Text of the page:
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 Justine's Journal

CackleTV Productions


The wrong way up
Tuesday, February 21, 2006

Sharp viewers may notice that my kayak is the wrong way up on this wave. Others may dare to suggest that this is my best side? So yeah, I got a bit of rolling practice in at the weekend - one on my strong side, and one on the side that makes me doubt just a little bit that I'll come straight back up!

Alun, Gemma, Barry and I went back to Penrhyn Mawr on Sunday to try to get more photos for a future edition of 'Paddle World' magazine. I'm not meant to give too much away in advance but I thought I'd share this with you because it makes me laugh! It brings back happy memories of playing with the glorious sea, surging down the face of a wave one minute and being engulfed by pounding white spray the next. I am smiling now as I re-live that moment when the wave behind me starts to surge and lift up the back of the kayak, I lean forward and dig in my blades - paddle, paddle, paddle, come on, come on, come on... then suddenly the wave steepens, the kayak starts to race down the face, I'm leaning right back now trying to stop the nose from burying. What exhillarating speed! Will I surf out of it with this smile intact, or will I bury the nose, stop dead in my tracks and have more rolling practice?.......not knowing is half the fun....!

Orangutans - make a difference
Monday, February 13, 2006

I wanted to write a non-kayaking blog about one of the other aspects of my life. I've recently got back from producing a TV programme about orangutans in Borneo. I know it sounds glamorous and I'm not complaining but the experience made me feel strongly that I shouldn’t just shut my eyes to the destruction and greed that is going on all around us in the world. Our newspapers are full of horror stories of rainforest about to disappear, animals about to go extinct and people made homeless by money-driven developers and it’s easy to turn the page quickly and just go paddling.

I don’t claim that I’m about to drastically change my lifestyle but I was inspired to make a modest donation to some people in Borneo who are really making a difference and I’d encourage you to do the same.

The orang utan is the only great ape which lives in Asia – there used to be hundreds of thousands of them but as their forest home continues to be logged, they are only about 50,000 of them left. 5,000 of those are disappearing every year.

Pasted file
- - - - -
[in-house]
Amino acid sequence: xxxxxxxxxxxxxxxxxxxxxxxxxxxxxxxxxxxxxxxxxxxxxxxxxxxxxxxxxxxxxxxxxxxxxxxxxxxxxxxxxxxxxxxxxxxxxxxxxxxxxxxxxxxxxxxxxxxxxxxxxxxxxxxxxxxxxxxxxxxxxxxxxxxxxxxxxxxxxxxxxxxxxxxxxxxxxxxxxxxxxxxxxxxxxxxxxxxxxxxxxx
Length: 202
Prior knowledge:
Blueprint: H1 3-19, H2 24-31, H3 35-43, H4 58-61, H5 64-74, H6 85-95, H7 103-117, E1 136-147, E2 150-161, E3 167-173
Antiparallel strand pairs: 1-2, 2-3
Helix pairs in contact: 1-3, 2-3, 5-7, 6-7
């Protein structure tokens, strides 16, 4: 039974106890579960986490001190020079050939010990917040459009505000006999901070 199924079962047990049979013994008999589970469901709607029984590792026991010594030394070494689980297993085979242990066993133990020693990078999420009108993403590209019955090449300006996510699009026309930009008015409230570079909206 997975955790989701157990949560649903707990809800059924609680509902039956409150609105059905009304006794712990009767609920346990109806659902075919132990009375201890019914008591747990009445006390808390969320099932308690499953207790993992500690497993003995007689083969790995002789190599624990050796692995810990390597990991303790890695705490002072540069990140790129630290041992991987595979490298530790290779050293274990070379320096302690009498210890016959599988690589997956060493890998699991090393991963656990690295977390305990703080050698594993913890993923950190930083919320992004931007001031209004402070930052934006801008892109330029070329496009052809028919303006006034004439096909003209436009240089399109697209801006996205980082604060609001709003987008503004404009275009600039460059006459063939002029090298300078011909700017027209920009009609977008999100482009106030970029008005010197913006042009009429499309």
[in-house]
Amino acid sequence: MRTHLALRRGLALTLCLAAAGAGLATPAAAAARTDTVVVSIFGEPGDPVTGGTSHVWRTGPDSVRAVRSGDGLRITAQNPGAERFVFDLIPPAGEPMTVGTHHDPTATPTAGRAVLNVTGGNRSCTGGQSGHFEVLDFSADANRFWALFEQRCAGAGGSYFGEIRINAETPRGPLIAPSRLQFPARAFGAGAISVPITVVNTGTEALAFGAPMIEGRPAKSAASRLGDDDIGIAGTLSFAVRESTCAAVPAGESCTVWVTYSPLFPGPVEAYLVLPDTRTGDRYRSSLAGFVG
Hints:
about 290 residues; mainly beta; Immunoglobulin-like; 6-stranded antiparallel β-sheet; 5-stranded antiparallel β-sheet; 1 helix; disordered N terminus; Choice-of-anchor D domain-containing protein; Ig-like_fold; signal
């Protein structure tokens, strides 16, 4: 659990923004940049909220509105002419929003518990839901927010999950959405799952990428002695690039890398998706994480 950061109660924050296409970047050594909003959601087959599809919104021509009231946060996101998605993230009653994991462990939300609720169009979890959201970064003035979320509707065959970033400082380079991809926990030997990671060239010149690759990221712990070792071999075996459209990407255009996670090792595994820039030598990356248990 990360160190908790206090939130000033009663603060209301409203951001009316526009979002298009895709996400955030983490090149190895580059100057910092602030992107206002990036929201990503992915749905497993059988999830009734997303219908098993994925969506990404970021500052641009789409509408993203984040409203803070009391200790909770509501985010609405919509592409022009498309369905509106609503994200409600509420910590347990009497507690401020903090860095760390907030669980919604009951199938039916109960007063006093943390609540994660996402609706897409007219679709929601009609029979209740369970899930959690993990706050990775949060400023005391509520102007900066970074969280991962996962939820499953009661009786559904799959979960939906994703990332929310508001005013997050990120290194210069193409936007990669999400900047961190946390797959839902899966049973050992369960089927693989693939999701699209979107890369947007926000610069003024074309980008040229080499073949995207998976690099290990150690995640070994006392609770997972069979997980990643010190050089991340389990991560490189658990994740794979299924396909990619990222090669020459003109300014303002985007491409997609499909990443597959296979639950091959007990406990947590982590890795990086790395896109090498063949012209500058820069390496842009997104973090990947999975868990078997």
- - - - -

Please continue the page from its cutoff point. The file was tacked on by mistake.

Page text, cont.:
Most of the rainforest that remains in Indonesia is being chopped down to make palm oil plantations. This is a very profitable industry for the country, but the crazy thing is that there is no need to chop down primary forest to make new plantations. We saw thousands of acres of degraded land in Borneo which could easily be used for palm oil plantations. The sad truth is that developers would rather chop down primary rainforest so they can make a profit from selling the timber first. The local government is all too often bribed to allow the deforestation to go ahead.

We were filming at the Nyaru-Menteng orangutan rescue and rehabilitation centre run by BOS - The Borneo Orangutan Survival Foundation. They have their hands full looking after over 400 orangutans, with the eventual aim of releasing all of them back into the wild where possible. All the oragutans have a sad story – most have seen their mothers murdered before their eyes.

BOS are really making a difference– their work involves lobbying the government to protect the remaining forest, rescuing orangutans who have been made homeless by deforestation and teaching baby orangutans the skills they need to live in the wild. At the moment they have nowhere to release their rehabilitated orangutans. They are working hard to pressure the government to protect an area of forest which would be perfect, but until this happens their orang utans will have to stay in cages.

A small donation can make a big difference to BOS. For example, our presenter, Iolo Williams, arranged for some binoculars to be donated to BOS. The binoculars were recently used to spot a missing orangutan. She was found severely dehydrated high in a tree and might have died if she hadn’t been found.

If you want to read more about the orangutan and the work of BOS then go to

To donate, go directly to this page.

The programme that we made will be shown on S4C, Channel 4, in Wales, this Autumn. People throughout the UK can watch this on Digital TV. I'll post details nearer to the time.

Trophy time
Monday, February 06, 2006

'This is the Sea 2" has won 2 awards already which is very exciting. It won 'best seakayaking film' at the Reel Paddling Film Festival in Canada, which had it's premier in Ottowa last weekend. The festival is now taking the best films on tour to over 20 locations in Canada - so watch out for it at a location near to you - you can see where by clicking the link below.

The 30 min Tasmania documentary, which is part of "This is the Sea2" won 2nd prize at the biggest European kayaking film festival. 750 people attended the 9th annual kayak film festival, held in Rosenheim in Germany on 21st January. I'm thrilled that 'Tasmania' came 2nd out of 15 entries, especially since there was a mainly whitewater kayaking audience. The winner was 'David Arnaud' with his new film 'In flux', and third was 'Young Gun Productions' with 'Dynasty'. You can see a few photos from the festival by clicking the link below. I couldn't attend, but there is a photo here of Paul 'Cheesy' Robertson picking up my silver camera prize for me - he tells me he did a lovely curtsey, in true British style!

The photo is of a paddle to Penrhyn Mawr on Saturday. Alun was taking some photos for a magazine article, but the conditions weren't big enough!! Next time!

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